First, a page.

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The Basic Guide To Understanding Lens Filters

UV lens filter pointed to the flower inside grass

Have you ever been out photographing in the outdoors when another photographer turns up and starts screwing random filters onto their lenses, or slipping semi-transparent squares in front? UV filters, polarizing filters, neutral density filters, graduated ND filters, etc. What do all these filters do? How do you use them? And most frustratingly of all, "How come my photos don't look like that?"

Why using filters?

Filters help minimize glare and reflections, enhance colors, reduce the light coming into the lens, and more. Each lens filter serves a specific purpose, as each one is built to deliver a specific effect that can help enhance the final look of an image.

Neutral Density filters is widely used to capture long exposure photographs at day time

-To protect your lens

The most affordable types of lens filters are those that are clear and simply used for protection. These are great for protecting the front lens element during normal shooting situations, as the clear glass does not affect your images in any way. Protective lens filters eliminate the possibility of scratches, cracks, and dust accumulating on the surface of your lens.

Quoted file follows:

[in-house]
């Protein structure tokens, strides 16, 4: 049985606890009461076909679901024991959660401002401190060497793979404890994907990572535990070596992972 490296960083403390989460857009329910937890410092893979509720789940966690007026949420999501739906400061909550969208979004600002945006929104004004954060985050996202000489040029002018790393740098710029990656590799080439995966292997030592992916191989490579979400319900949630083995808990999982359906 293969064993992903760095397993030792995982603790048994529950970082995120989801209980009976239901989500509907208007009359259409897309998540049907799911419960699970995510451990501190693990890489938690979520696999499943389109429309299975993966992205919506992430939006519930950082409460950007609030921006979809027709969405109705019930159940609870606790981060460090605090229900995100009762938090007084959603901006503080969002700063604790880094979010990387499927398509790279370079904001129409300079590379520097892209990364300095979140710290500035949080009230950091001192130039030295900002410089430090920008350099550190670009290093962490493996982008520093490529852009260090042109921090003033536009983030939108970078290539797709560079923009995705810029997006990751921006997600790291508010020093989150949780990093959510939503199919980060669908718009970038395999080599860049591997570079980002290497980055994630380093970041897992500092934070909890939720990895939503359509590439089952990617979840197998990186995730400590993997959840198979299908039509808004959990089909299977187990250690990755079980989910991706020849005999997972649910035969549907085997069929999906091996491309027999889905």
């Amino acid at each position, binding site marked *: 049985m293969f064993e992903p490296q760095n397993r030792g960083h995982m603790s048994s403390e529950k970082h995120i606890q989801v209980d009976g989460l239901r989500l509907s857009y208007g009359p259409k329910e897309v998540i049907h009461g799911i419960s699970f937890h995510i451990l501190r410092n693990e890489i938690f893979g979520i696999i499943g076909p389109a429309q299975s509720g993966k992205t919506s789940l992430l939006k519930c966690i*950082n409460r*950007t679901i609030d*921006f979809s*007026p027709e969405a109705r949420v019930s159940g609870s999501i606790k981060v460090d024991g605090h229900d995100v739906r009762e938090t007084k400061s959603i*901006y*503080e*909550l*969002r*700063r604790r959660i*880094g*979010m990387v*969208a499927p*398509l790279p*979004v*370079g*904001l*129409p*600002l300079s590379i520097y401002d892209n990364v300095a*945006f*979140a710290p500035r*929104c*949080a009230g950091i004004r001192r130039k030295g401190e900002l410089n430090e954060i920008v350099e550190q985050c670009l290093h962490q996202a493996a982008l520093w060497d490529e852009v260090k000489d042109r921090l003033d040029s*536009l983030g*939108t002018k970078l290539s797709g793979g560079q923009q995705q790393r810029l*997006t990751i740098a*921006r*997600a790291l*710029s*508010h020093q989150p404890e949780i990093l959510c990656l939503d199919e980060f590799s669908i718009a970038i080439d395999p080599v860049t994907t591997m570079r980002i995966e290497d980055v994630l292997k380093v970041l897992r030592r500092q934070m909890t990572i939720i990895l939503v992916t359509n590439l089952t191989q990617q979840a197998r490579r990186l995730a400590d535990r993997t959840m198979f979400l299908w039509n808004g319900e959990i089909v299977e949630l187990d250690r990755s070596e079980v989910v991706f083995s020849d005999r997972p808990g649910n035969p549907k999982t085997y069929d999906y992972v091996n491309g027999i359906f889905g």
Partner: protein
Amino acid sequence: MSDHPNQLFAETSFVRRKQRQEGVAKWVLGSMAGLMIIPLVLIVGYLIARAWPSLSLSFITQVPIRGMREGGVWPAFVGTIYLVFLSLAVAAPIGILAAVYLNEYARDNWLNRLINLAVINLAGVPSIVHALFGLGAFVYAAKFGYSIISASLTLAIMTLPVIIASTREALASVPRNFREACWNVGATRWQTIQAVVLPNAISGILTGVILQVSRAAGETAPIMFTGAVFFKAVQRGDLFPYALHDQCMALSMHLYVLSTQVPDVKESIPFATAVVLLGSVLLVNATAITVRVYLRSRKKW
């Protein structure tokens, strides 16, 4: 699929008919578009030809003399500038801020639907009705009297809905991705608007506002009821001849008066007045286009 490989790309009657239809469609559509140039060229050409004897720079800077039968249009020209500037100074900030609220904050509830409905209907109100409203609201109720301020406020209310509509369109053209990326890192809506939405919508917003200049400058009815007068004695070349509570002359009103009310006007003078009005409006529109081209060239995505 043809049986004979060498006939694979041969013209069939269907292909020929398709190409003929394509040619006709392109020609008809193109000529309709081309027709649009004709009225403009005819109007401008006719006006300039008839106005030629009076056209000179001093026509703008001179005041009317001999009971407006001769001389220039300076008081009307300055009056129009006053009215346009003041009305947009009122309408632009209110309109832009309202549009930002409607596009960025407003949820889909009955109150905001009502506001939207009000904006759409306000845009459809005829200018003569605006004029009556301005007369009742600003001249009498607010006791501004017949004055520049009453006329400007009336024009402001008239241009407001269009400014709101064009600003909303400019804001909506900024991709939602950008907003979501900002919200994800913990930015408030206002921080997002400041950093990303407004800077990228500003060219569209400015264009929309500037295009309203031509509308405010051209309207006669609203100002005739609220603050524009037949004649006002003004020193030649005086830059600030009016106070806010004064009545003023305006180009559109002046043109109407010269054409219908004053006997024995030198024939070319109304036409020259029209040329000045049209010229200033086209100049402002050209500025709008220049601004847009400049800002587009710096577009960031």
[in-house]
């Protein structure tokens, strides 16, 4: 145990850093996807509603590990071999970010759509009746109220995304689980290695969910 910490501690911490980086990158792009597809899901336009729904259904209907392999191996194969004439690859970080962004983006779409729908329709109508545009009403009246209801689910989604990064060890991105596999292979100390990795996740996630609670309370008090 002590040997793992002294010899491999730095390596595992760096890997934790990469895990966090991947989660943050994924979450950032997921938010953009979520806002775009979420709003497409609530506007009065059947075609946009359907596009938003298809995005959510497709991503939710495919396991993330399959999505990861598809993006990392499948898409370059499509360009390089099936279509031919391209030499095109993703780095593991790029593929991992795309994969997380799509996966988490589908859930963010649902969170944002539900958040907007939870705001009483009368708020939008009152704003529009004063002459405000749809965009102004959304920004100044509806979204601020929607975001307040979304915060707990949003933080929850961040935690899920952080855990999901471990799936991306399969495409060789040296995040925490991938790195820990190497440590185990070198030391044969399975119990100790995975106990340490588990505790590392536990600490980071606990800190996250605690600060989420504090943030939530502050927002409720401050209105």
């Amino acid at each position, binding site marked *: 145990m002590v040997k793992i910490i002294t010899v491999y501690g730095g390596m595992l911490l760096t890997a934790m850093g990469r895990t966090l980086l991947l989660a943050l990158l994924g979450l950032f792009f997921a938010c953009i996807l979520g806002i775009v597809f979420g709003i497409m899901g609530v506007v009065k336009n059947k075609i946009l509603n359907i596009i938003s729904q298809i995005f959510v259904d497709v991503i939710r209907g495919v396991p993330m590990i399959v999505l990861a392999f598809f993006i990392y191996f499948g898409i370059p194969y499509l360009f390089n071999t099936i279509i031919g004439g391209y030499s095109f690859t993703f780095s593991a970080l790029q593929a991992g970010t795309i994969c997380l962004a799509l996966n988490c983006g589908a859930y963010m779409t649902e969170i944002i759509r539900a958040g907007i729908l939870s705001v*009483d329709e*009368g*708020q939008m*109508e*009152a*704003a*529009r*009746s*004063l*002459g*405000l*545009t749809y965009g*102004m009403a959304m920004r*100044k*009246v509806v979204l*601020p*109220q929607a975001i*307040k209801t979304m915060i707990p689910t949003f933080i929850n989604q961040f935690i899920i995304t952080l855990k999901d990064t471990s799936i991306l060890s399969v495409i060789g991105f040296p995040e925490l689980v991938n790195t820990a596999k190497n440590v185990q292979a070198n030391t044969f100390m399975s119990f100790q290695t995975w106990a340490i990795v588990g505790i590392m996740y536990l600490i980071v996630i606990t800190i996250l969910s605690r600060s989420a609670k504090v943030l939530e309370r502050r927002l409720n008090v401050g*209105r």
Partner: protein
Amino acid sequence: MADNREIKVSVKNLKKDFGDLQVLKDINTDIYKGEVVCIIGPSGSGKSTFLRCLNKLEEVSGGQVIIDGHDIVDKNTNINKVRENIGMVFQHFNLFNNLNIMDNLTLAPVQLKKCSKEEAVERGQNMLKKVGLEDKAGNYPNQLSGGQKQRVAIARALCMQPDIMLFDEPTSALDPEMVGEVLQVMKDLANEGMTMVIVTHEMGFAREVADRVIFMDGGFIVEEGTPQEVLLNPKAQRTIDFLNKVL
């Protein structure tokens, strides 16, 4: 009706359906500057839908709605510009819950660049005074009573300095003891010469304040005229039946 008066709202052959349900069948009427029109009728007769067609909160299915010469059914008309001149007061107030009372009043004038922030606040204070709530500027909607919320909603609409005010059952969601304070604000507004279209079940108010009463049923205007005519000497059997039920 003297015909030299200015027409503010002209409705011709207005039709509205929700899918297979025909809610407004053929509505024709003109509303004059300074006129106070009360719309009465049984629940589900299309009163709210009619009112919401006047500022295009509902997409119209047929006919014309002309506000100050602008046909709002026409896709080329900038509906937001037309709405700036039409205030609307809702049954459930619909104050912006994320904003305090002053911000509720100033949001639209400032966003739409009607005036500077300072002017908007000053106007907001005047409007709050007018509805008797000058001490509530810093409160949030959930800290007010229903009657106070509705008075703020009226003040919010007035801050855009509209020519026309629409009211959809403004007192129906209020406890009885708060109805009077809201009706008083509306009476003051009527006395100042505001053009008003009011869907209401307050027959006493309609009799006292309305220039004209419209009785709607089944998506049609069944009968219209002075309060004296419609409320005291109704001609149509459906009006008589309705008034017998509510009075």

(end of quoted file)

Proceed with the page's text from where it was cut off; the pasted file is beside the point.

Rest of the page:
-To correct or enhance colors

There are certain types of photography filters that can alter or boost the colors in your images. Some have the ability to correct the color temperature of a scene, while others can enhance color and contrast for a more vibrant image.

-To get an accurate exposure

When working with particularly difficult lighting conditions, filters are a great option for achieving even and accurate exposure across your entire image. They do this by blocking some of the light that enters the lens (in varying degrees). These are particularly helpful when shooting outdoors during the daytime, particularly when using fast shutter speeds may not be enough to avoid overexposure.

Person holding a yellow color filter at hand

Filter Types

-Square filters vs. Screw-on filters

Compared to screw on filters, the square filter consists of three parts. The filter, the filter holder, and the adapter ring. This means more things to look after and you can't use the filter system if you lose even one part of the kit. Square filters do not seal the front of the lens tight like a screw-on filter.

Circular filters, on the other hand, are a totally separate category. They're also called screw-on filters because unlike a square filter (which uses a filter holder), circular filters simply screw onto the end of the lens and onto each other.

-Polarizing filters

This type of filter will enhance an image in ways that cannot be achieved by any other method. As it's name suggests, a polarizer is a special type of filter that has the ability to block polarized (i.e. reflected) light - often seen as “glare”.

-Neutral Density (ND) filters